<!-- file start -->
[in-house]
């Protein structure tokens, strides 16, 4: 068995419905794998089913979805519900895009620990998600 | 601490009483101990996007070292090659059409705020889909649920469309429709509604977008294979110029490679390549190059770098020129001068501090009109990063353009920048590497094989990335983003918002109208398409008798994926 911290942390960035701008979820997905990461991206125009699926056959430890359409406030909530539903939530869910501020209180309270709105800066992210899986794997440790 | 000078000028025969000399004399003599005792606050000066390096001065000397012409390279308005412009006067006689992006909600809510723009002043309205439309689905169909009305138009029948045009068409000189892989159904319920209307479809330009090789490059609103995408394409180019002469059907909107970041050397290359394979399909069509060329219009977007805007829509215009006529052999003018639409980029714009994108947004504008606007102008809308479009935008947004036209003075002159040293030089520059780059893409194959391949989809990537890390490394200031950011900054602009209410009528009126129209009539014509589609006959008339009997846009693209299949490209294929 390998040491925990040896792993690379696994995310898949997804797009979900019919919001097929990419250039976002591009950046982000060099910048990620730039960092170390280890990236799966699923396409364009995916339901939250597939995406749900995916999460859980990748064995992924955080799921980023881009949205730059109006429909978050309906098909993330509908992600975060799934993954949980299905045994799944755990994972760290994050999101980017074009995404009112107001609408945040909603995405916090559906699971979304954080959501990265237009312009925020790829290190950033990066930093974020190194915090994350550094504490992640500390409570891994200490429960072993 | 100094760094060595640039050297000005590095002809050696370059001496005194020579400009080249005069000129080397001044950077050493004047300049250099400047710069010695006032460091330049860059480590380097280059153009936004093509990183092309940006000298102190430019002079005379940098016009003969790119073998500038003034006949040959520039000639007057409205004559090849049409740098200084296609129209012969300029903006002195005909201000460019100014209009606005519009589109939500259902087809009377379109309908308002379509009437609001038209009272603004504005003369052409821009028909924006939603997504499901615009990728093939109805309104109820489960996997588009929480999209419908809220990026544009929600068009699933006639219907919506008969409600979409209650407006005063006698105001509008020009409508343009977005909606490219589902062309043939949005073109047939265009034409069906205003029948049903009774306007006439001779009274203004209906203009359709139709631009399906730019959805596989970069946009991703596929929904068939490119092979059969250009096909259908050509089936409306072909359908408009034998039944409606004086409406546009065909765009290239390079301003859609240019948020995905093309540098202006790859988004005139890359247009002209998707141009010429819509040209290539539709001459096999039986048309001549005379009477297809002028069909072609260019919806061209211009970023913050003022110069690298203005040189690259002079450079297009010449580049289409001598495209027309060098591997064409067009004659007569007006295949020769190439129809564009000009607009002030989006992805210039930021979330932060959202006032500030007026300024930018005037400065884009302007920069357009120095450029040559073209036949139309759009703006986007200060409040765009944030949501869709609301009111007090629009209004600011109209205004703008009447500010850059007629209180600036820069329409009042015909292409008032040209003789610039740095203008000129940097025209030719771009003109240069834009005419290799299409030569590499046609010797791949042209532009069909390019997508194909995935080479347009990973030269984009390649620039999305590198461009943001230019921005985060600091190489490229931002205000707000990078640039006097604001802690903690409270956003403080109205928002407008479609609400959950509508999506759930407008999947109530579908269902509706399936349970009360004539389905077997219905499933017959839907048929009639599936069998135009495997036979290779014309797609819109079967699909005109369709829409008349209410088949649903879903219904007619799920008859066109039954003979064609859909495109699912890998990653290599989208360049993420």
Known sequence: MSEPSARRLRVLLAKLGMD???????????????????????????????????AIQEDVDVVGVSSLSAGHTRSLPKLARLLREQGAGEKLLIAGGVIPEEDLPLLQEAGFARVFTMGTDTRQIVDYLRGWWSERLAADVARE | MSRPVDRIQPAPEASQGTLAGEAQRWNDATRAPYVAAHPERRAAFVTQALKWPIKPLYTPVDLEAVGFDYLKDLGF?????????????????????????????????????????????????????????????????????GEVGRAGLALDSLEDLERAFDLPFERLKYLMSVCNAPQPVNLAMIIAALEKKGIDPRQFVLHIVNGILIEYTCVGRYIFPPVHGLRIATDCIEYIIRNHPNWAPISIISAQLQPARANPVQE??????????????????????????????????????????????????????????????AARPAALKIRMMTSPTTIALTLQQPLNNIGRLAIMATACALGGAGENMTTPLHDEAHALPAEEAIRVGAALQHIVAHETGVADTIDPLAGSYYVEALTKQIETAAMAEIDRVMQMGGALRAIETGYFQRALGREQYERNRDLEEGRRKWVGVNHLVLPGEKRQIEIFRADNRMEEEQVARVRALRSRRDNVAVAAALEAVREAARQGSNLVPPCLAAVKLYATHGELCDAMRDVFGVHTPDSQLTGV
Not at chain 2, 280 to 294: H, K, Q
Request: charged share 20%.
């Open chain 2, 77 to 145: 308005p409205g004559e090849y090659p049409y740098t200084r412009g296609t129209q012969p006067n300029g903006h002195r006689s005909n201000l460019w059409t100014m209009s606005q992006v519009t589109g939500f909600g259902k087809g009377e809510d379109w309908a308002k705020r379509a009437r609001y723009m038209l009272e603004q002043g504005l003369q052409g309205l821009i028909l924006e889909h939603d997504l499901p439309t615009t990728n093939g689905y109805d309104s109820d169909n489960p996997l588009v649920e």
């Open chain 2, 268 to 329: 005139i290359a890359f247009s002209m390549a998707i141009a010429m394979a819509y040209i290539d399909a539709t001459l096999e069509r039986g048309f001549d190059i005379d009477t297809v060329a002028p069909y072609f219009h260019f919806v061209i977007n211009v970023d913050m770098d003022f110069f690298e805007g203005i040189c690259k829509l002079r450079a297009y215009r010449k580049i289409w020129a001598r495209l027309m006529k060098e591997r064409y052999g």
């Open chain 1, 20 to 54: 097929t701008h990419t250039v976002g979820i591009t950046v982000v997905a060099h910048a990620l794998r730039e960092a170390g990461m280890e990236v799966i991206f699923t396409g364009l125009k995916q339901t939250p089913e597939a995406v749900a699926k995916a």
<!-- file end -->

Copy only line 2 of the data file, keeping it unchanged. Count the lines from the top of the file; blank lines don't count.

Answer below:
């Protein structure tokens, strides 16, 4: 068995419905794998089913979805519900895009620990998600 | 601490009483101990996007070292090659059409705020889909649920469309429709509604977008294979110029490679390549190059770098020129001068501090009109990063353009920048590497094989990335983003918002109208398409008798994926 911290942390960035701008979820997905990461991206125009699926056959430890359409406030909530539903939530869910501020209180309270709105800066992210899986794997440790 | 000078000028025969000399004399003599005792606050000066390096001065000397012409390279308005412009006067006689992006909600809510723009002043309205439309689905169909009305138009029948045009068409000189892989159904319920209307479809330009090789490059609103995408394409180019002469059907909107970041050397290359394979399909069509060329219009977007805007829509215009006529052999003018639409980029714009994108947004504008606007102008809308479009935008947004036209003075002159040293030089520059780059893409194959391949989809990537890390490394200031950011900054602009209410009528009126129209009539014509589609006959008339009997846009693209299949490209294929 390998040491925990040896792993690379696994995310898949997804797009979900019919919001097929990419250039976002591009950046982000060099910048990620730039960092170390280890990236799966699923396409364009995916339901939250597939995406749900995916999460859980990748064995992924955080799921980023881009949205730059109006429909978050309906098909993330509908992600975060799934993954949980299905045994799944755990994972760290994050999101980017074009995404009112107001609408945040909603995405916090559906699971979304954080959501990265237009312009925020790829290190950033990066930093974020190194915090994350550094504490992640500390409570891994200490429960072993 | 100094760094060595640039050297000005590095002809050696370059001496005194020579400009080249005069000129080397001044950077050493004047300049250099400047710069010695006032460091330049860059480590380097280059153009936004093509990183092309940006000298102190430019002079005379940098016009003969790119073998500038003034006949040959520039000639007057409205004559090849049409740098200084296609129209012969300029903006002195005909201000460019100014209009606005519009589109939500259902087809009377379109309908308002379509009437609001038209009272603004504005003369052409821009028909924006939603997504499901615009990728093939109805309104109820489960996997588009929480999209419908809220990026544009929600068009699933006639219907919506008969409600979409209650407006005063006698105001509008020009409508343009977005909606490219589902062309043939949005073109047939265009034409069906205003029948049903009774306007006439001779009274203004209906203009359709139709631009399906730019959805596989970069946009991703596929929904068939490119092979059969250009096909259908050509089936409306072909359908408009034998039944409606004086409406546009065909765009290239390079301003859609240019948020995905093309540098202006790859988004005139890359247009002209998707141009010429819509040209290539539709001459096999039986048309001549005379009477297809002028069909072609260019919806061209211009970023913050003022110069690298203005040189690259002079450079297009010449580049289409001598495209027309060098591997064409067009004659007569007006295949020769190439129809564009000009607009002030989006992805210039930021979330932060959202006032500030007026300024930018005037400065884009302007920069357009120095450029040559073209036949139309759009703006986007200060409040765009944030949501869709609301009111007090629009209004600011109209205004703008009447500010850059007629209180600036820069329409009042015909292409008032040209003789610039740095203008000129940097025209030719771009003109240069834009005419290799299409030569590499046609010797791949042209532009069909390019997508194909995935080479347009990973030269984009390649620039999305590198461009943001230019921005985060600091190489490229931002205000707000990078640039006097604001802690903690409270956003403080109205928002407008479609609400959950509508999506759930407008999947109530579908269902509706399936349970009360004539389905077997219905499933017959839907048929009639599936069998135009495997036979290779014309797609819109079967699909005109369709829409008349209410088949649903879903219904007619799920008859066109039954003979064609859909495109699912890998990653290599989208360049993420």